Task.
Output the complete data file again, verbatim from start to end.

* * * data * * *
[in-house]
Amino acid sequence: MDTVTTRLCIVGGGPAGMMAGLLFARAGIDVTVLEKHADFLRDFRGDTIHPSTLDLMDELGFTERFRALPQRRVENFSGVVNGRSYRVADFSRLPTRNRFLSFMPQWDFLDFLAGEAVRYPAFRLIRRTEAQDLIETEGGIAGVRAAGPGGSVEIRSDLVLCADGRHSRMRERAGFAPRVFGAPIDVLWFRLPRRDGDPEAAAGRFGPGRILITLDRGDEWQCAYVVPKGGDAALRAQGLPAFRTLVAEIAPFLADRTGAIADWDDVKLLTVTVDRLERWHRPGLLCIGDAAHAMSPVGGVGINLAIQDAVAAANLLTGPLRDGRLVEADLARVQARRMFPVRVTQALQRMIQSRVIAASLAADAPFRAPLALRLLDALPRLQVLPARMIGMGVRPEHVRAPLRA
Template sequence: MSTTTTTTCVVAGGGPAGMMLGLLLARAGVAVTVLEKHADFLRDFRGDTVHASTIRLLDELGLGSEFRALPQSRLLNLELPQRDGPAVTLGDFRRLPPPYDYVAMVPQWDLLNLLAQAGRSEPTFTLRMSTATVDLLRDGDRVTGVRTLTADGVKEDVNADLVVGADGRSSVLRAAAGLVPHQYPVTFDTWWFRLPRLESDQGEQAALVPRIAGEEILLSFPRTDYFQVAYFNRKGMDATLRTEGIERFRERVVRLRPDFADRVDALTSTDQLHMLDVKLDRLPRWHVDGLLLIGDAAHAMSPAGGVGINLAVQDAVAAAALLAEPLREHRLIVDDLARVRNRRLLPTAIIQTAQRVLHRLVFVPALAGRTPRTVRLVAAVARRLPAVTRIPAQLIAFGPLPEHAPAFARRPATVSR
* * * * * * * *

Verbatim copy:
[in-house]
Amino acid sequence: MDTVTTRLCIVGGGPAGMMAGLLFARAGIDVTVLEKHADFLRDFRGDTIHPSTLDLMDELGFTERFRALPQRRVENFSGVVNGRSYRVADFSRLPTRNRFLSFMPQWDFLDFLAGEAVRYPAFRLIRRTEAQDLIETEGGIAGVRAAGPGGSVEIRSDLVLCADGRHSRMRERAGFAPRVFGAPIDVLWFRLPRRDGDPEAAAGRFGPGRILITLDRGDEWQCAYVVPKGGDAALRAQGLPAFRTLVAEIAPFLADRTGAIADWDDVKLLTVTVDRLERWHRPGLLCIGDAAHAMSPVGGVGINLAIQDAVAAANLLTGPLRDGRLVEADLARVQARRMFPVRVTQALQRMIQSRVIAASLAADAPFRAPLALRLLDALPRLQVLPARMIGMGVRPEHVRAPLRA
Template sequence: MSTTTTTTCVVAGGGPAGMMLGLLLARAGVAVTVLEKHADFLRDFRGDTVHASTIRLLDELGLGSEFRALPQSRLLNLELPQRDGPAVTLGDFRRLPPPYDYVAMVPQWDLLNLLAQAGRSEPTFTLRMSTATVDLLRDGDRVTGVRTLTADGVKEDVNADLVVGADGRSSVLRAAAGLVPHQYPVTFDTWWFRLPRLESDQGEQAALVPRIAGEEILLSFPRTDYFQVAYFNRKGMDATLRTEGIERFRERVVRLRPDFADRVDALTSTDQLHMLDVKLDRLPRWHVDGLLLIGDAAHAMSPAGGVGINLAVQDAVAAAALLAEPLREHRLIVDDLARVRNRRLLPTAIIQTAQRVLHRLVFVPALAGRTPRTVRLVAAVARRLPAVTRIPAQLIAFGPLPEHAPAFARRPATVSR